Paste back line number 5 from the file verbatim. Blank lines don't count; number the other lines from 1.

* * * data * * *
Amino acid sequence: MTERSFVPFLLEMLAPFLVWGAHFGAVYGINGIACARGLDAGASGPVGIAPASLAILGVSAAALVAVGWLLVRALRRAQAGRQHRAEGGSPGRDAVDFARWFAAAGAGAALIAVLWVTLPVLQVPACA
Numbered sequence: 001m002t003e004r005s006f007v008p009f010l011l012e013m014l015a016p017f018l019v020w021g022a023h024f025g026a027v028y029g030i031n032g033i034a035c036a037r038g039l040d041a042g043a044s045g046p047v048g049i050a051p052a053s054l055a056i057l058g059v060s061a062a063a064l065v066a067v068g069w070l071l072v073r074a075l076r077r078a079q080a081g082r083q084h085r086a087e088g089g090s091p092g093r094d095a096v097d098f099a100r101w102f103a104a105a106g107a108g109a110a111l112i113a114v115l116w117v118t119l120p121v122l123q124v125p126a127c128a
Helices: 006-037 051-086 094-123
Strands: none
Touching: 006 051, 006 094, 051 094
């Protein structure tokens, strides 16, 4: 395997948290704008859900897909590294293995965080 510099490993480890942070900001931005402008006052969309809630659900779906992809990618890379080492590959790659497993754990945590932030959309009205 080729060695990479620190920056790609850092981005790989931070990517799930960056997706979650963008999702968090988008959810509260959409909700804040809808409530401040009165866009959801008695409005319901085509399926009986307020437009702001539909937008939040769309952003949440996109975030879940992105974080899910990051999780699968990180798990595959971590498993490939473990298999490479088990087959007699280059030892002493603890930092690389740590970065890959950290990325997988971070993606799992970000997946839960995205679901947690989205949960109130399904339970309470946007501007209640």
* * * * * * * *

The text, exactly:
Touching: 006 051, 006 094, 051 094